What? In terms of athletic development, speed and quickness can only be developed once all of the required pieces of the puzzle are in place. Yes, some youth athletes are quicker or faster than others, and some kids are just more athletically inclined than others, but it is important to understand that there is a “window” of time when particular athletic traits can be attained.
The easiest way to understand this is to use strength training as an example. I think most people understand that putting a 6-year old in the weight room is absurdly inappropriate. Partly because a 6-year old does not have the mental capacity to properly engage in strength training, but also, I think most people have a common sense gut feeling that strength training will not produce the desired effects in a 6-year old. Why is this? The answer is simple human physiology. A 6-year old’s brain, muscle tissue, bones, hormones, etc. are not ready for the physical and chemical changes that need to occur to build strength and muscle mass. There is an optimal window of time for these changes to occur.
Yet every few weeks, I have a parent asking me if the skating treadmill (or other skating related training) will make their 8-year old or 10-year old faster. The answer is yes, and NO! The answer is yes, because skating training will help develop the correct form and technique piece of the puzzle necessary for speed development. But the answer is NO because the optimal window of time for speed development is age 15-25 years. Really.
What are the pieces of the puzzle necessary for speed development? Speed is a function of power, and in terms of human movement, power comes from one’s ability to apply force into the ground. So, the 3 foundational pieces necessary for speed development are:
1) Muscular Strength
2) Correct Form/Technique
3) Physical Maturity
To determine if your son or daughter is ready for speed development, simply ask yourself if they possess all 3 of the above criteria. If they are missing any one of these 3 things, speed training is going to be completely ineffective, or slow at best, and most likely a complete waste of time and money. Muscular strength and physical maturity are closely tied and do not occur at any one given age. Some athletes reach and begin puberty at age 11 or 12, while others may not do so until 15 or 16. The only variable which can be addressed AT VERY YOUNG AGES is correct form and technique.
As an example of this, one only needs to think of sports like gymnastics or figure skating. In these sports, correct form and technique is the foundation for success. Children as young as 5 and 6 years old are trained to perform incredibly complex movements involving balance and multi-planar rotational skills. To watch a young competitive gymnast or figure skater is almost mind-boggling. Strength and physical maturity are not required, only an innate understanding of form and technique.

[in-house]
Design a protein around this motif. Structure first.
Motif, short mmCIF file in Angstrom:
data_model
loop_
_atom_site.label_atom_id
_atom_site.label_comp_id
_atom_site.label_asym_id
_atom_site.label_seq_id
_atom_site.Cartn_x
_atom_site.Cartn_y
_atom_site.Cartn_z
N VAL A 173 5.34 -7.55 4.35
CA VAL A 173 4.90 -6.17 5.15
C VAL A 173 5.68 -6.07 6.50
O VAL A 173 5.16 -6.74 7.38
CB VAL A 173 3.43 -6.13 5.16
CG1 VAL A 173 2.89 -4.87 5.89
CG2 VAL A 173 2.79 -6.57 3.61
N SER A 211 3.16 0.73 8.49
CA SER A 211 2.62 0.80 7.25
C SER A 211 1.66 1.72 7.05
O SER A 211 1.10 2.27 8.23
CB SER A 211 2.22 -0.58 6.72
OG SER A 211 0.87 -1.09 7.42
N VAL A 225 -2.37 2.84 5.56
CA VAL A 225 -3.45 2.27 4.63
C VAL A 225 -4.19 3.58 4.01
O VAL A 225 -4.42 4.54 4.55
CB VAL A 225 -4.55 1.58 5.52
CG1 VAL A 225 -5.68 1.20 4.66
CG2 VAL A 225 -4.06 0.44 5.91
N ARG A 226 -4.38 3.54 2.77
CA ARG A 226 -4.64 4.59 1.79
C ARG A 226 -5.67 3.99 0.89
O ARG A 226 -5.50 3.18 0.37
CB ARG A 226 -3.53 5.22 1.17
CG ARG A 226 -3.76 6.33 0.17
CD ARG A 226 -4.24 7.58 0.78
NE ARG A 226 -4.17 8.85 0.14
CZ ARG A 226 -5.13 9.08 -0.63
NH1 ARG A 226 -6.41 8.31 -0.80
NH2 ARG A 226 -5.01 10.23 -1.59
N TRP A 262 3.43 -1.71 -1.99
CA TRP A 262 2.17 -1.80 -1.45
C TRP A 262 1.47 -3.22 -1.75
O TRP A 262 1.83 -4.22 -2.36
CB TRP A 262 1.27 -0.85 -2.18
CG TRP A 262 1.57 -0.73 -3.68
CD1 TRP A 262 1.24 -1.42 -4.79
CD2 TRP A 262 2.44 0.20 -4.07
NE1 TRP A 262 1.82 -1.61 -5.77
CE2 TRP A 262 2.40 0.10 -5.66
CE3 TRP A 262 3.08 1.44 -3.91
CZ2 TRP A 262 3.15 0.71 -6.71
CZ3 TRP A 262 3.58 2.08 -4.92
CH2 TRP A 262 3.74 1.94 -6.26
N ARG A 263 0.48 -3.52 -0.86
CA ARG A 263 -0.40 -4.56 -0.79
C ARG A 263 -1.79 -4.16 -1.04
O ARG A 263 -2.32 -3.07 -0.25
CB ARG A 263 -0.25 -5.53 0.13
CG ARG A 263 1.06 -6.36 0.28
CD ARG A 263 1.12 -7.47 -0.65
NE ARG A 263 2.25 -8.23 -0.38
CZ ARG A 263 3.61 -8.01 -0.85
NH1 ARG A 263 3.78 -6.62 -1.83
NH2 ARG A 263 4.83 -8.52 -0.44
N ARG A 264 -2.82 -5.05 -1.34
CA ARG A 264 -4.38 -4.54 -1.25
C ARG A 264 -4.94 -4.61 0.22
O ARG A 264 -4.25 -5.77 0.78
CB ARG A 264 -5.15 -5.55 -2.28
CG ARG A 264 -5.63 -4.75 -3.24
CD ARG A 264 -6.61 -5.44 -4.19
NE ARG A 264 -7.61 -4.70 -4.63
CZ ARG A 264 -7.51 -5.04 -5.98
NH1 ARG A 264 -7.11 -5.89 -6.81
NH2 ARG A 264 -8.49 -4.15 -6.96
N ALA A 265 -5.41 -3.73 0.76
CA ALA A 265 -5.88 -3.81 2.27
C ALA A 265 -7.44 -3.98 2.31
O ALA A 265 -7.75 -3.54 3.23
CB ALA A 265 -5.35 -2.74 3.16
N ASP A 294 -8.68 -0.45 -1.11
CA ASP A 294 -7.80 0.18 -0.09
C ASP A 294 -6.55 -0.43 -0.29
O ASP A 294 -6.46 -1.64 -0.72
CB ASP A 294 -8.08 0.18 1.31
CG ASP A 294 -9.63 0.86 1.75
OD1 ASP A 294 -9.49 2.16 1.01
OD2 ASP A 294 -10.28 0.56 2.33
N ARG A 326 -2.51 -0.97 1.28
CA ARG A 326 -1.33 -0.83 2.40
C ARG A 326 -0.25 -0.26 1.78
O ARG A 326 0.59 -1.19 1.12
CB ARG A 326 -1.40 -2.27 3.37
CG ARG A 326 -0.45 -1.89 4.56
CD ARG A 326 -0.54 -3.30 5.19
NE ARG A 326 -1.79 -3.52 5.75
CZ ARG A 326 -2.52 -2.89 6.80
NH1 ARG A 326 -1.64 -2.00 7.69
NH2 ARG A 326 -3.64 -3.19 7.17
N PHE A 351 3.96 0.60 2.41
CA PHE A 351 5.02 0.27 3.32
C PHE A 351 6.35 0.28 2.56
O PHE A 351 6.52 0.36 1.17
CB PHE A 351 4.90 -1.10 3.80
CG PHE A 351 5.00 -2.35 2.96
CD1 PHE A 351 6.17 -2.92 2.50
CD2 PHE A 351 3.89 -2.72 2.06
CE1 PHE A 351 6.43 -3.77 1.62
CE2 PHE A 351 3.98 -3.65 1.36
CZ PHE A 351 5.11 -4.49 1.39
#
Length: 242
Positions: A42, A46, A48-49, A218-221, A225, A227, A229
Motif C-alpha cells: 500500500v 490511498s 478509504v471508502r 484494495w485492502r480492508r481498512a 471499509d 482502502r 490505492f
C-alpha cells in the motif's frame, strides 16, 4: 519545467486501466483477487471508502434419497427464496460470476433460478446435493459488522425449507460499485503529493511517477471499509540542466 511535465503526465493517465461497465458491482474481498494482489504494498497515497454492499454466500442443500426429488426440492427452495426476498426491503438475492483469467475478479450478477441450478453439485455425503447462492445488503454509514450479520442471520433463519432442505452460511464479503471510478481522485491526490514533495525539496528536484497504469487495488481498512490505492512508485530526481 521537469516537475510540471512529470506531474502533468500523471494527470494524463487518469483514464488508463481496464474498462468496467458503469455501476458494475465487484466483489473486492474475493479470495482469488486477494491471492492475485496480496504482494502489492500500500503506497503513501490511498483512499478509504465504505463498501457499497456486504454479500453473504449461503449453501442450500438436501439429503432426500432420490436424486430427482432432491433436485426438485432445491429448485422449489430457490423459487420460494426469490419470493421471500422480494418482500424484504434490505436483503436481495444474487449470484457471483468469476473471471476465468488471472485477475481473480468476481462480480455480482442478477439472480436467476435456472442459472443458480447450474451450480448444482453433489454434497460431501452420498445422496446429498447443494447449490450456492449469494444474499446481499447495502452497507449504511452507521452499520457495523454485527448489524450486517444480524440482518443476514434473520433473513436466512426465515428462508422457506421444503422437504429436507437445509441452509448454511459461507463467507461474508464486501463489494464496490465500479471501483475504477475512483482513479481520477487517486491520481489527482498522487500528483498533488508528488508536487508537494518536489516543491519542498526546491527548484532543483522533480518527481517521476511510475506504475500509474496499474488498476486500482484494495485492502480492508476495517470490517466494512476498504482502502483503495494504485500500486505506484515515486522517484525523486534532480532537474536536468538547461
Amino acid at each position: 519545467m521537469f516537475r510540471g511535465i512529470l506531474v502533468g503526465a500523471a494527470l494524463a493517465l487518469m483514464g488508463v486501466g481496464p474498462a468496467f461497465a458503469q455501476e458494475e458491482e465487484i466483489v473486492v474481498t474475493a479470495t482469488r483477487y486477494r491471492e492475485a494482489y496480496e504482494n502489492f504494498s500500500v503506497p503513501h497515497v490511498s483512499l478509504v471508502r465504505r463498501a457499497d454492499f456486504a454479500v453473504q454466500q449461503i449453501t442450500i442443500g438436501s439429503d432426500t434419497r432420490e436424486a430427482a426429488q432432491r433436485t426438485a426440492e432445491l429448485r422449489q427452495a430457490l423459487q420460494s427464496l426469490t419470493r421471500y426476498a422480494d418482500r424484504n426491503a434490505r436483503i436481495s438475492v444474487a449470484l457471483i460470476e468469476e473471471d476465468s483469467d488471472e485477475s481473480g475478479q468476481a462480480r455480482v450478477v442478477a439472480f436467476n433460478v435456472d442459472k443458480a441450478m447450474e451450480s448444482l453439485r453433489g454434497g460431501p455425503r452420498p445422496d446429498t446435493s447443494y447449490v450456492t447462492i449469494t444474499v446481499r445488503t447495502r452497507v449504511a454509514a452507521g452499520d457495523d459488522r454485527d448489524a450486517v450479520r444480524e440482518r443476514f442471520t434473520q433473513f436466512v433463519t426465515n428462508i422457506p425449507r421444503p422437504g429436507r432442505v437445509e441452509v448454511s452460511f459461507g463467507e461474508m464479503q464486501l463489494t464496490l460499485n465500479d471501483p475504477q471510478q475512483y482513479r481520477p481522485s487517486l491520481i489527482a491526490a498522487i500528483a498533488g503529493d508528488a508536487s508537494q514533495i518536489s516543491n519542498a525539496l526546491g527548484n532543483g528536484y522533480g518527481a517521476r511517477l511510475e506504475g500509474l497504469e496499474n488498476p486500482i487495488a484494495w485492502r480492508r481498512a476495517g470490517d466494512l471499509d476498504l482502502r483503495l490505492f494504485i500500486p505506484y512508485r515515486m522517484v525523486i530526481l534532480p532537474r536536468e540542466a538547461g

How does that apply to ice hockey? If you have thought about what you just read, the answer is obvious. For players under the age of 13-14 (or pre-pubescent), the only foundational piece of the puzzle that can be addressed is the attainment of good skating form and technique. When your child engages in the All-N-Stride skating treadmill training curriculum, they are studying and practicing through multiple repetitions how to skate correctly. They may be starting to pick up a little leg strength, and the interval-based training is providing the basis for adaptation in later years, but the number one objective is to lay down a strong biomechanical foundation. Sometimes we see high school, junior, or even collegiate players who never developed correct form when they were young. This is always such a tragedy because the window for form and technique development rapidly declines after age 16-18. So now these mature young adult athletes are physically ready for speed development, but they are missing the form and technique piece and there is no making up for lost time.
To summarize, know and understand that there are certain age periods that are optimal for certain kinds of development.
Players age 5-12 should be focusing on form, technique, and skill development.
Players ages 13-16 should continue their form and technique work and combine it with functional strength training with a qualified professional strength coach.
Players ages 16-25 should be engaging in comprehensive and intensive strength training and speed work.
As a parent, the BEST tool you can provide your young hockey player with is training in correct skating form and technique. This will not only provide them with increased playing time opportunities as one of the better skaters on their team, but it will properly prepare them for the 10-15 years of training that it takes to be successful at the highest levels.